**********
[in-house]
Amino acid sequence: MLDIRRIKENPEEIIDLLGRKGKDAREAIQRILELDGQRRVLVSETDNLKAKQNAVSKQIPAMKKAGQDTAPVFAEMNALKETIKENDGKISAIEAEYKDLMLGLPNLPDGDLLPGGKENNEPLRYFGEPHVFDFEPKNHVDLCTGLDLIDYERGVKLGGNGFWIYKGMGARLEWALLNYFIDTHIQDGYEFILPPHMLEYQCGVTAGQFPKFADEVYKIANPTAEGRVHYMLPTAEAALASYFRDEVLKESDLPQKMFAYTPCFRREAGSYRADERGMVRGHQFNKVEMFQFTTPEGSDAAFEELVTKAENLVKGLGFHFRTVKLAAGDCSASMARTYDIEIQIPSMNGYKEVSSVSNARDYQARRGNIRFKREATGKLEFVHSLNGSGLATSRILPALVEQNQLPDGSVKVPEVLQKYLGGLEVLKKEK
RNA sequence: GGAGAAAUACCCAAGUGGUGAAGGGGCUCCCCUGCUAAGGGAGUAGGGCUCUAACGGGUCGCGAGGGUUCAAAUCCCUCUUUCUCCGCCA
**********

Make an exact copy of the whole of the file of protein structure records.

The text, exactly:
[in-house]
Amino acid sequence: MLDIRRIKENPEEIIDLLGRKGKDAREAIQRILELDGQRRVLVSETDNLKAKQNAVSKQIPAMKKAGQDTAPVFAEMNALKETIKENDGKISAIEAEYKDLMLGLPNLPDGDLLPGGKENNEPLRYFGEPHVFDFEPKNHVDLCTGLDLIDYERGVKLGGNGFWIYKGMGARLEWALLNYFIDTHIQDGYEFILPPHMLEYQCGVTAGQFPKFADEVYKIANPTAEGRVHYMLPTAEAALASYFRDEVLKESDLPQKMFAYTPCFRREAGSYRADERGMVRGHQFNKVEMFQFTTPEGSDAAFEELVTKAENLVKGLGFHFRTVKLAAGDCSASMARTYDIEIQIPSMNGYKEVSSVSNARDYQARRGNIRFKREATGKLEFVHSLNGSGLATSRILPALVEQNQLPDGSVKVPEVLQKYLGGLEVLKKEK
RNA sequence: GGAGAAAUACCCAAGUGGUGAAGGGGCUCCCCUGCUAAGGGAGUAGGGCUCUAACGGGUCGCGAGGGUUCAAAUCCCUCUUUCUCCGCCA